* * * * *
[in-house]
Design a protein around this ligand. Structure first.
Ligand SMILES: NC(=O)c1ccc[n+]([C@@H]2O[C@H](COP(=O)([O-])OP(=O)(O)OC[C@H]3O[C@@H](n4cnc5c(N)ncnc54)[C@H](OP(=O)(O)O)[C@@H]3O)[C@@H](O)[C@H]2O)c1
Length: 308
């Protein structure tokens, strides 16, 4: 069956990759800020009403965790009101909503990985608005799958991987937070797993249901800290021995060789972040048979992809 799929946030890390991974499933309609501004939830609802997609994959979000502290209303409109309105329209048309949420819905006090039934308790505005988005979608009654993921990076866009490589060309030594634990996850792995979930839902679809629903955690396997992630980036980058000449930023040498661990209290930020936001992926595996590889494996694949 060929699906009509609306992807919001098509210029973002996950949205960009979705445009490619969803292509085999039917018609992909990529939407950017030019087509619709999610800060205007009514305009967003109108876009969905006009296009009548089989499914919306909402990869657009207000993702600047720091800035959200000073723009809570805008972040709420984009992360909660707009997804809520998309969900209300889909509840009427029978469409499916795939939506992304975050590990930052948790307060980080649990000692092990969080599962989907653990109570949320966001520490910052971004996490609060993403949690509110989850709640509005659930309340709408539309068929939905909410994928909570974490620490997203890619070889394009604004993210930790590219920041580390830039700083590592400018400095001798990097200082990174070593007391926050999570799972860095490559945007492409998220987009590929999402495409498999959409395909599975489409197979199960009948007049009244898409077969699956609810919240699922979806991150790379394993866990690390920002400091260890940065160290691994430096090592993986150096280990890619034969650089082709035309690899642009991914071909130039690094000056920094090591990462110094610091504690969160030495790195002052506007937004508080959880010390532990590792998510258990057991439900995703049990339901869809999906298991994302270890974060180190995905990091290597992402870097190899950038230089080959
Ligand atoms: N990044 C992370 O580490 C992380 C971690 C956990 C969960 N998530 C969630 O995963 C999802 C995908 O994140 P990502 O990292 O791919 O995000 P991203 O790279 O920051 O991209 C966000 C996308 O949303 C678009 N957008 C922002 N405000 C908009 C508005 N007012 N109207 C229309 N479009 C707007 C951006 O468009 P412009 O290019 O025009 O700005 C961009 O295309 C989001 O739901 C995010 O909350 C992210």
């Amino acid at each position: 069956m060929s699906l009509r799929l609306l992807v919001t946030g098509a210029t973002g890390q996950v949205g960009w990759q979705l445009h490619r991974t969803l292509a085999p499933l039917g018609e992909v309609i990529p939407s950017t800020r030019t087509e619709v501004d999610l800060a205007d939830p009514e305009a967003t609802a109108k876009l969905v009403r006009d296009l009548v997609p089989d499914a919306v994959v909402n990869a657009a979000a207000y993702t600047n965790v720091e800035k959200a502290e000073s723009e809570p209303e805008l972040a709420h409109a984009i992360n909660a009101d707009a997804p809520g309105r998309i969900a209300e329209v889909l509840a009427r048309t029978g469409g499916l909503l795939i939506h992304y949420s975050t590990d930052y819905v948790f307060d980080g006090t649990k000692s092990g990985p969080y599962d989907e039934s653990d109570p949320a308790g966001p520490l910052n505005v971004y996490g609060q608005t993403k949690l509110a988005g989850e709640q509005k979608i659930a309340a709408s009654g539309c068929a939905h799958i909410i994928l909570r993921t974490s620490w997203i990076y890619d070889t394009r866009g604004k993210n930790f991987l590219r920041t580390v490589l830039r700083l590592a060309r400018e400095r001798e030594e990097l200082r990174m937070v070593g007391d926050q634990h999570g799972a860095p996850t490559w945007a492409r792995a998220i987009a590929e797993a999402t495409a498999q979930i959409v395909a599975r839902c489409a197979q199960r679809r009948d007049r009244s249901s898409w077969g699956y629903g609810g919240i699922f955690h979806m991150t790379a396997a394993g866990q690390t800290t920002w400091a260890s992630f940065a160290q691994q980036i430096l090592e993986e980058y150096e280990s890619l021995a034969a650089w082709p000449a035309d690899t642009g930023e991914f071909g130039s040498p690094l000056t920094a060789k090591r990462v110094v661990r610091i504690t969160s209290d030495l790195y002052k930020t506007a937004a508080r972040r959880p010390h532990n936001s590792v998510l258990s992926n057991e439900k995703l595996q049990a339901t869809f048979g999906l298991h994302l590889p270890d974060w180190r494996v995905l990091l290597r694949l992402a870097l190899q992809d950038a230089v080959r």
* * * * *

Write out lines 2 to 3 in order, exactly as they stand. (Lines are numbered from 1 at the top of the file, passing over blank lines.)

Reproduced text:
Design a protein around this ligand. Structure first.
Ligand SMILES: NC(=O)c1ccc[n+]([C@@H]2O[C@H](COP(=O)([O-])OP(=O)(O)OC[C@H]3O[C@@H](n4cnc5c(N)ncnc54)[C@H](OP(=O)(O)O)[C@@H]3O)[C@@H](O)[C@H]2O)c1